Mixed4Columns\"In its retelling of such histories, Sharp is a timely and acute book. You have to wonder, however, about how much work a term like \'sharpness\' can be made to do, and what it distracts us from ... her implication is that real writing involves some abjuring of action in the name of ambiguity, doubt, and subtlety of opinion. I suspect some of the women in Sharp may have demurred at that. And the distinction raises the suspicion that others in this period (black writers, feminist writers) might have been \'sharp\' in some of the same, and many different, ways ... There are good answers to that question, and Dean gives us some of them...But Dean is not the closest of readers, and so we don’t get much feeling for how these modes of skepticism and ambivalence are made and expressed in language.\
PositiveBookforum\"A smart and sleightful novel ... In some respects, there is an orthodox novel of late-twentieth-century American family life lurking inside Men and Apparitions, but the novel is more essay collection than cross-generational saga ... Most of [Tillman\'s] constellating of culture is sharp and sharply expressed ... Among its many other wise and witty lines of thought, Men and Apparitions is a vexing inquiry into the recent sexual-political past.\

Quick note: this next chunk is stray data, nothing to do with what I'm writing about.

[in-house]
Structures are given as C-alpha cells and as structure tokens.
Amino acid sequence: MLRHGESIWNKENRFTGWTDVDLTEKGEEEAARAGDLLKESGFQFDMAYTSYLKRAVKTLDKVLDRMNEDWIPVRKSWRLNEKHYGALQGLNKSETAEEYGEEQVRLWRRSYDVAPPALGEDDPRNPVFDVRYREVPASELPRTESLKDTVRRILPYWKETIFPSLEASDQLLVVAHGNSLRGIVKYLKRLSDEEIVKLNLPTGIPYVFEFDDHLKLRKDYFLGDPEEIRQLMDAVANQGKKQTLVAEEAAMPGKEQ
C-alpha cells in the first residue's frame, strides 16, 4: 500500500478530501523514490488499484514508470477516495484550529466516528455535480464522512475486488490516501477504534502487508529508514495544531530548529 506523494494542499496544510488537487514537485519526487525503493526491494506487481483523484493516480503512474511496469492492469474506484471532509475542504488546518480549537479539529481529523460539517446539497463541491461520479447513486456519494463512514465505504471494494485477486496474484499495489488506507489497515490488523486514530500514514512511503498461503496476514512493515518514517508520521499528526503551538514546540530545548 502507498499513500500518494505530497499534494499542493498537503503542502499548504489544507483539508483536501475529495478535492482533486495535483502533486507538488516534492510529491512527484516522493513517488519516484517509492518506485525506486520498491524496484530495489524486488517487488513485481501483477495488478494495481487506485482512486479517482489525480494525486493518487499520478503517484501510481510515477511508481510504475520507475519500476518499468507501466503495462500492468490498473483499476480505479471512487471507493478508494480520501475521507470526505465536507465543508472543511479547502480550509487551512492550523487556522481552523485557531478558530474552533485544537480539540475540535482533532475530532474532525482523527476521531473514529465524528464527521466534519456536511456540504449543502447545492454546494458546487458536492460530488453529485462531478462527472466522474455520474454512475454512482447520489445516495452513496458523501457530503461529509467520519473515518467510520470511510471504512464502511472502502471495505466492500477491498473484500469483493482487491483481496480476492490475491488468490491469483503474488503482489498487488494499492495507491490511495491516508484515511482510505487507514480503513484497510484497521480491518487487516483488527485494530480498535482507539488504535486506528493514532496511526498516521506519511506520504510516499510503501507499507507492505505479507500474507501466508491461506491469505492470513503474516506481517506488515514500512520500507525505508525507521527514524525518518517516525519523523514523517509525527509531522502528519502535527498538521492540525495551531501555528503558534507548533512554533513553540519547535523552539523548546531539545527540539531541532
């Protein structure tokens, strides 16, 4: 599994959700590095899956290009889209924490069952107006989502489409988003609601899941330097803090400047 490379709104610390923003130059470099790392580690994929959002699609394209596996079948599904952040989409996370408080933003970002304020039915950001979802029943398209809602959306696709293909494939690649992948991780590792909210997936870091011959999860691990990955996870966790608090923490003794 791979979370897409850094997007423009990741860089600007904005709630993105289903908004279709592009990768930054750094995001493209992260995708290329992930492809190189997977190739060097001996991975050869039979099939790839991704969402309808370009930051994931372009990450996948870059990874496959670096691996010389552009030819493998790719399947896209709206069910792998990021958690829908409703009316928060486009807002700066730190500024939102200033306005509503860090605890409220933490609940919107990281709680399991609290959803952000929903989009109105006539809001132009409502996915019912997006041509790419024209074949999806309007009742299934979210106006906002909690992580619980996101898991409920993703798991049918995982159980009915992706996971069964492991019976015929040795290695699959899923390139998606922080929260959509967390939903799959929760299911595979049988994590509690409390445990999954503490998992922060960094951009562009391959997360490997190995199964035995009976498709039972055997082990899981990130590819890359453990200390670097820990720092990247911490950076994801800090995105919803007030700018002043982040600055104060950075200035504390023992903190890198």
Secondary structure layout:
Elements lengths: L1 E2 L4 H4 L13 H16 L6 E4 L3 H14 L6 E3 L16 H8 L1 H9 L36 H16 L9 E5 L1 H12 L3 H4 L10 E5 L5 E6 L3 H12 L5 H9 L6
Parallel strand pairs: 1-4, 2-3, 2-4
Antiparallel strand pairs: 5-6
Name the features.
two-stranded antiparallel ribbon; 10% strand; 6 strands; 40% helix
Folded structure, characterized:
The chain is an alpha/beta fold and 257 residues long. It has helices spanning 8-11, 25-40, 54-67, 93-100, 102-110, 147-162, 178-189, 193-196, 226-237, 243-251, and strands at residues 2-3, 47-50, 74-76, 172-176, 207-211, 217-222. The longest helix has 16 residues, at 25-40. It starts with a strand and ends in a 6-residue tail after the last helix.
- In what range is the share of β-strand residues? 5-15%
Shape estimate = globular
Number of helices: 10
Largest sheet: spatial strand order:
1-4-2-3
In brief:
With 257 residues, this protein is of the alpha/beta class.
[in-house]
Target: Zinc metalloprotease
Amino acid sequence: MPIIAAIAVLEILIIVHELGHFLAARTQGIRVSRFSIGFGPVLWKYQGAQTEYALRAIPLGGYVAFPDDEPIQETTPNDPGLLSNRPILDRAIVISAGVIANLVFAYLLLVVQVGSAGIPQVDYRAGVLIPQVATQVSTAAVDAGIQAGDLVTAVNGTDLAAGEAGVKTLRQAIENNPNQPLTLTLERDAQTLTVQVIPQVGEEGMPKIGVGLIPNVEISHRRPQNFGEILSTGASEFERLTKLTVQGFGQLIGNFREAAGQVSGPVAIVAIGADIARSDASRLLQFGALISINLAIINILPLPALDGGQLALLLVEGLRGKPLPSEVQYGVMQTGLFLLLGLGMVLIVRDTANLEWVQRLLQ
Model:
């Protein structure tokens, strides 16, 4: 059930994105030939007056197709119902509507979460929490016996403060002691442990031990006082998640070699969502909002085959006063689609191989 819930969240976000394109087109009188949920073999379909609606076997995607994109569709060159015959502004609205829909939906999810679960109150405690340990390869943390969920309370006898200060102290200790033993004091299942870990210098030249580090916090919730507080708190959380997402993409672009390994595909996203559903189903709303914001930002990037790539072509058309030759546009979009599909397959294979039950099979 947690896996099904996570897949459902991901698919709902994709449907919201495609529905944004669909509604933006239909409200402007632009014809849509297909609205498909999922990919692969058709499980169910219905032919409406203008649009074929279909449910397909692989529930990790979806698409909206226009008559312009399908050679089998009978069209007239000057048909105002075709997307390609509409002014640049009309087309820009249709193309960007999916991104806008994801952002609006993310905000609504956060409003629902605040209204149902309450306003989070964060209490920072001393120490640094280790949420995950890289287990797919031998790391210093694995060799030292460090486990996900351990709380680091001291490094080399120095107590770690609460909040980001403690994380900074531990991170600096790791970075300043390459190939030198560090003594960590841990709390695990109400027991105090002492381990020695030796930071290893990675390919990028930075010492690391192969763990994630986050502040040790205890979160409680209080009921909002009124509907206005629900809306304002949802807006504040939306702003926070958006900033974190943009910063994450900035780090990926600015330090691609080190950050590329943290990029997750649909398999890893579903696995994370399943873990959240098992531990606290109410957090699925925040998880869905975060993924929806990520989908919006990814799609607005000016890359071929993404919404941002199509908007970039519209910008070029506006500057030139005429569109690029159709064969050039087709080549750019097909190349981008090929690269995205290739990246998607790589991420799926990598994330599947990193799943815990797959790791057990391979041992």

Positive4Columns\"Several of the pieces in Feel Free are avowedly close to home: they describe her childhood and adolescence in north London, her sense in middle age of coming adrift from the screen-bound culture around her, the displacements involved in being a mixed-race English writer living in New York. Much of Smith’s personal is quite political, even when most shut-in or seemingly nostalgic … The least interesting essays in Feel Free are those in which Smith’s human subjects are skillfully but rather too clearly delineated, leaving little room for inherent contradictions … Perhaps it’s not surprising that the best of Feel Free comes in Smith’s extended book reviews, written for Harper’s, where the constraint of subject seems also a license to build and inhabit the contrary sort of character she wants in her novels.\